I've been reading this great book "The Shakespeare Conspiracy." Nice work. This is why I don't think Bacon wrote the Shakespeare plays.
1.Bacon was a very active politician and lawyer, and none of the materials about him links him with the theatre scene in London.
2.In his work De Augmentis Scientarium, published the same year as Shakespeare's First Folio, he even attacks Drama.
3. In 1614 the King's Men (Shakespeare's company) appeal to King James to establish a theatre in an area object to by the local tradesmen. The appeal is refered to the Commisioners for Suits. Bacon is one of the Commisioners and the proposal for a theatre is rejected. Why would Bacon, if he was Shakespeare, reject his own company?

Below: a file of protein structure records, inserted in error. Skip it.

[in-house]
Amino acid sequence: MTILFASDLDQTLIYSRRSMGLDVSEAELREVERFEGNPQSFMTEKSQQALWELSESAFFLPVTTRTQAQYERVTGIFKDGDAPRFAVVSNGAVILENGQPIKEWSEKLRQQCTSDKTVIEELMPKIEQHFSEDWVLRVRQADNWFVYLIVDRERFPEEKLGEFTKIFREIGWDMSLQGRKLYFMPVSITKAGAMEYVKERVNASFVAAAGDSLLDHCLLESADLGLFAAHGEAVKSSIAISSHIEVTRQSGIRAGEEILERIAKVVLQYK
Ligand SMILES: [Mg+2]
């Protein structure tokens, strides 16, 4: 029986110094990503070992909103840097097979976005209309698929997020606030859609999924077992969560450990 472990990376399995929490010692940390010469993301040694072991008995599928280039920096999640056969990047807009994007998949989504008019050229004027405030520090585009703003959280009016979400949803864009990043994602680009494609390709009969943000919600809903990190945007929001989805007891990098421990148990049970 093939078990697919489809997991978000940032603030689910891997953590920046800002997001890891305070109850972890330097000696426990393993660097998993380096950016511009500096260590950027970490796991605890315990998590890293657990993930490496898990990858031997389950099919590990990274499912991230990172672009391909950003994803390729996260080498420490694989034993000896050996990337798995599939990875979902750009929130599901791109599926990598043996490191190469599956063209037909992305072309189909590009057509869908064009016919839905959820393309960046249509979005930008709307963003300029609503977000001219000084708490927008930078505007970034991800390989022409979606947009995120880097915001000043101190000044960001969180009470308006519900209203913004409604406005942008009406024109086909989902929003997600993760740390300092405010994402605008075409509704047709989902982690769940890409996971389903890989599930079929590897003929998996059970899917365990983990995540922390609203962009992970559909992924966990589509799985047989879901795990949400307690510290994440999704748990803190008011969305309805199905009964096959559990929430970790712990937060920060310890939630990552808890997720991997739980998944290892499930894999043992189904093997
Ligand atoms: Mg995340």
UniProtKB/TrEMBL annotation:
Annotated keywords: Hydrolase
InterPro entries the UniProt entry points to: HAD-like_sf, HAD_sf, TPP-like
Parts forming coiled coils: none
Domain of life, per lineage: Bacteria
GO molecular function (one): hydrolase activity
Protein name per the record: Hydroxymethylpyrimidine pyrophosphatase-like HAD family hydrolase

4. Part of the argument is that in Shakespeare's plays there is reference to legal material which indicates a legal mind, like Bacon. Yet other playwrites have legal material in their plays and weren't playwrites. Enter Robert Green, Thomas Nashe and Philip Massinger.
5. This leads me to the conclusion that Bacon is no more responsible for the Shakespeare plays than his brother Ham.
Interesting stuff, eh?